Nada, Mantra, Kirtan.  The yogas of sound. For many years, I’ve been singing, and it does something wonderful to the brain and body. In honor of BhaktiFest, where we’ll be singing this weekend, here’s an excerpt from Indivisible on this impactful practice.  Underneath the article are links to some music you might like – Adam Bauer’s Shyam Lila, Brenda McMorrow (pictured above) gorgeous Anandamayi – if you want to check out some kirtan in action.

 

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In addition to the breathing, postures, concepts and meditations, there’s another toolset that’s available: the yoga of sound, vibration, and mantra. The “yoga of voice.” We become comfortable with and start to cultivate our voices, the very timbre and range of them, and eventually even our words.

A lot of people sing—for fun, in the shower, in the car. And a lot of people don’t. They keep their voices clenched and closed. They hold back their enthusiasm and words and the truth of their being. Those who do sing in a structured way—in a church choir or an a cappella group—know that it takes a lot of time and practice. A person has to show up in order to perform.

Doing a chant in a yoga studio is a different kind of singing. There is no audience. It is for yourself. It is for spirit. In the yoga of voice, we learn to let sound open the musculature and resonate, sending vibrations throughout the body. We use the expansion of the lungs to get into corners no stretching will ever reach. Singing teaches us to stretch from the inside: the breath fills the lungs to capacity and moves the ribs and the spine and stretches the muscles, like the stretching you would do stretching before a run.

Before we sing, we start with really deep breathing, and then by making round sounds, like “Om” or “Hum,” letting them echo in all of our cells. Then we move the sound from our base all the way up through our chests, into our heads and out of our mouths. We use sound to vibrate the inner chambers of our bodies.  Hum, Om, Ram, Lam. These sounds are pure expression, without words. When practiced with a group, there is no interpretation; and there is no misinterpretation. We are just here. Each person’s own sound comes out. We are simply vibrating, and the emotion in that is of connecting and listening to ourselves and to others without trying to ascribe meaning.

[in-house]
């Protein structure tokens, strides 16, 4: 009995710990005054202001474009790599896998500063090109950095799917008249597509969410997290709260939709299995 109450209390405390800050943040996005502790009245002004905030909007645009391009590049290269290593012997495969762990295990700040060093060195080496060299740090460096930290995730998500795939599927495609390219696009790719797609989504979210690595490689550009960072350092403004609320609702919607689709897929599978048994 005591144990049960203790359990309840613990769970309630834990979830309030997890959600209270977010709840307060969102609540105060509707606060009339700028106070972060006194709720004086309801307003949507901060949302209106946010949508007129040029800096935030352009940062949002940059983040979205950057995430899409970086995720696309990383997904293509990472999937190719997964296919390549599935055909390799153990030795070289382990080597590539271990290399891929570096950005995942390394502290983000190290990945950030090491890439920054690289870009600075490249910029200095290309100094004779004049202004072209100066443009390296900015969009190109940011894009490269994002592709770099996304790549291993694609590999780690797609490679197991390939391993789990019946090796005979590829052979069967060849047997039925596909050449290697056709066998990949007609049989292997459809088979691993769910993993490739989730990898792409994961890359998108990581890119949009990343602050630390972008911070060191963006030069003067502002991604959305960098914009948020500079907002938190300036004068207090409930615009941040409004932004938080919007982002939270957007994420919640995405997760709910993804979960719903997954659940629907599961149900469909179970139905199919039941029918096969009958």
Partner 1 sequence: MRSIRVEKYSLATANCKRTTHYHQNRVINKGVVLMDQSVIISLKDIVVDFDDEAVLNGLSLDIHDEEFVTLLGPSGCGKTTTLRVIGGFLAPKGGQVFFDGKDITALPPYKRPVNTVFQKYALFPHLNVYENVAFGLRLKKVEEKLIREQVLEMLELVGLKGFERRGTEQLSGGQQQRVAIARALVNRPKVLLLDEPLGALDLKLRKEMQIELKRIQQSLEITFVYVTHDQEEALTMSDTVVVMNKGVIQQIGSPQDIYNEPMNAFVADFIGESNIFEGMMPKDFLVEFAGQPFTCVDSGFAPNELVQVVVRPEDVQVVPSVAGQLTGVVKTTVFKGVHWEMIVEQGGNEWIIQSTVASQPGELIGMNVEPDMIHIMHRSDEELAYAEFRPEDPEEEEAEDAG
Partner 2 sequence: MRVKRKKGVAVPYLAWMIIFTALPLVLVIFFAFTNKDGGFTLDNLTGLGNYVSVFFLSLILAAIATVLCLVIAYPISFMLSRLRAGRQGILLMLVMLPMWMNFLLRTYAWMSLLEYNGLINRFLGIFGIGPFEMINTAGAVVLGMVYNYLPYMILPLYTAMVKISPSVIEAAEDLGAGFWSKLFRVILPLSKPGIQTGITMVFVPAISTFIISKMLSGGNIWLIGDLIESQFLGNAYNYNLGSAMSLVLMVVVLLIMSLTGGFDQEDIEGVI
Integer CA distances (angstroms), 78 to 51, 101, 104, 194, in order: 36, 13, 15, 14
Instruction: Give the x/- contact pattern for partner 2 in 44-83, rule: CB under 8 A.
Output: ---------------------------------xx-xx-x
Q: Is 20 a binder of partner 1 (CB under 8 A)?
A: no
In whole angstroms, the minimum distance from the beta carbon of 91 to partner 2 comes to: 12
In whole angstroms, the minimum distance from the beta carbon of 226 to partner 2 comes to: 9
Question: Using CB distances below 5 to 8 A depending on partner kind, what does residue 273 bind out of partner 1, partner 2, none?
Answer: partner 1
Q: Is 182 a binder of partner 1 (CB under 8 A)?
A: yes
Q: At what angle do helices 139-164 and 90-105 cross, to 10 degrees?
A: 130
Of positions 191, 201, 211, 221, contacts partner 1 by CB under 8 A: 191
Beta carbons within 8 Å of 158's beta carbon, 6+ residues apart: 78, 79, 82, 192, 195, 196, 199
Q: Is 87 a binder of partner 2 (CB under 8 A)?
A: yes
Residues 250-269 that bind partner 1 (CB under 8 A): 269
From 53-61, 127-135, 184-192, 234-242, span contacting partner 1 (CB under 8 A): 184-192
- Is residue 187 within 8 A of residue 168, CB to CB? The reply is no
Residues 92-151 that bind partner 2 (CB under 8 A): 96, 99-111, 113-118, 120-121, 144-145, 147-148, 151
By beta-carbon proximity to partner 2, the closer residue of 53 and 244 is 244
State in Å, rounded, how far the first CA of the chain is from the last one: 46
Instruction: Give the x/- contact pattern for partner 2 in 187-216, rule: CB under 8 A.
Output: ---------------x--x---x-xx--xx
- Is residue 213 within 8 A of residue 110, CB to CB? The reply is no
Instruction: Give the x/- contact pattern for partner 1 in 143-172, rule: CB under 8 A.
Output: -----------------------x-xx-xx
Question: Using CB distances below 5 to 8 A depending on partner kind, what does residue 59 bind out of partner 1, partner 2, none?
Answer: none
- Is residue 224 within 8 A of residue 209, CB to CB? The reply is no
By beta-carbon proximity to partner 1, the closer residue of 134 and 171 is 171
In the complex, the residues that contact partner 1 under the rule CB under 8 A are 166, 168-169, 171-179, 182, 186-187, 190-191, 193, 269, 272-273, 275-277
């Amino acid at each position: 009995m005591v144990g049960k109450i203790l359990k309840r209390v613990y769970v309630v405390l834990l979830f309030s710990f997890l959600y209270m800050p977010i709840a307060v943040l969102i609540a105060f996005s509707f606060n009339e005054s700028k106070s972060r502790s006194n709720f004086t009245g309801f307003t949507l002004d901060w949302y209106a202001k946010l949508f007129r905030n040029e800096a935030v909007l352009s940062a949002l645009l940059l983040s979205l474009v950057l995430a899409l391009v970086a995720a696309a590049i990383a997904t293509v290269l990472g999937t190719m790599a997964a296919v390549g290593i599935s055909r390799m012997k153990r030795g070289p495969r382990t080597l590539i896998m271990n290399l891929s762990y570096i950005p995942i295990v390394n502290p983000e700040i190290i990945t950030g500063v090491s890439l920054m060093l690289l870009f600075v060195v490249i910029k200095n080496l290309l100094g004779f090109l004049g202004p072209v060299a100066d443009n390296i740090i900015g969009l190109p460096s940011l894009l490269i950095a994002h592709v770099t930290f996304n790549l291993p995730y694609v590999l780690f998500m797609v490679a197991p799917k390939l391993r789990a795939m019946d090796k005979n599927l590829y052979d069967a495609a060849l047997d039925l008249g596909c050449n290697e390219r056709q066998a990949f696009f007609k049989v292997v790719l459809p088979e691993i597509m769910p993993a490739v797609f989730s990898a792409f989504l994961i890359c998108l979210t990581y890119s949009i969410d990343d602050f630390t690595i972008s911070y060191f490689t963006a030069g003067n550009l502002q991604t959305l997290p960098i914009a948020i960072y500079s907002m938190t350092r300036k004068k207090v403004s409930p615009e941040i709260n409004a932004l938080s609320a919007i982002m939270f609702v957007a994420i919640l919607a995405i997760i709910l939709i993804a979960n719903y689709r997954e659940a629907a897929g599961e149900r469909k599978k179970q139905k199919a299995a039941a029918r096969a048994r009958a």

Try it.

See what it feels like to spread that sound through your whole body. How big can it get? What is its range and tone and color? When your chest and heart are open, when your sinuses are open, when you are dropped in and unlocked, you can find your own true sound. You may, for the first time, find the actual real depth of your own voice!

When was the last time you vocalized for no reason? How low or how high, how wide, how big or how small, how whiny, how many different kinds of sounds can you make? When no one is looking, what tone do you settle in at? How does your voice change if you are in a shitty mood or stressed? Can you feel an interesting reflection of what is going on inside you, with your disposition in the moment?

In this practice, I’ve heard big men with wispy voices drop into profound resonant warm speaking tones as the chest and breath are expanded.  Our voices are an extension of our bodies and an extension of our heads and mind, and there are parallels between finding the tone and the content of the voice and the content of what we have to say. The more sounds we make and the greater the range of the sounds we make, the more fully these sounds reflect the bundle of ideas we have inside.

When you do these sounds with a group, in a call and response format, the leader sings a line of a mantra, and the community repeats it back.  That is a practice called kirtan.  The energy transfer between yoga call and response is tight. Whatever energy is inside those leading and those following in the rows, whatever people are coping with, it passes through each person in the group and is absorbed.

Sometimes the same phrase is repeated over and over for 20 minutes or more, adding different instrumentation and different rhythm, faster and faster, then slowing it down. There’s so much power in the singing, that the sound coming from each person combines into one body of sound. The group becomes an organism— inhaling, exhaling, inhaling until the entire group has been unified by sound.

The yoga of voice, of chant, has nothing to do with performance, and everything to do with creating a unified voice. It’s a conscious choice to JOIN with each other. And that is where I want to be in the present moment: within a community seeking to create a conscious organism together. Author Jeff Greenwald said, “It’s impossible to feel lonely when you’re singing.”

I now sing my prayers in the morning with my harmonium by myself and that is for nobody – it’s just devotion. When I do sing with people, it’s to be connected to others who are in a state of surrender. I can open up really big, and draw out a lot of emotion; this expression invites other people to dig deep, open up, sing their hearts out and let go, too.




 

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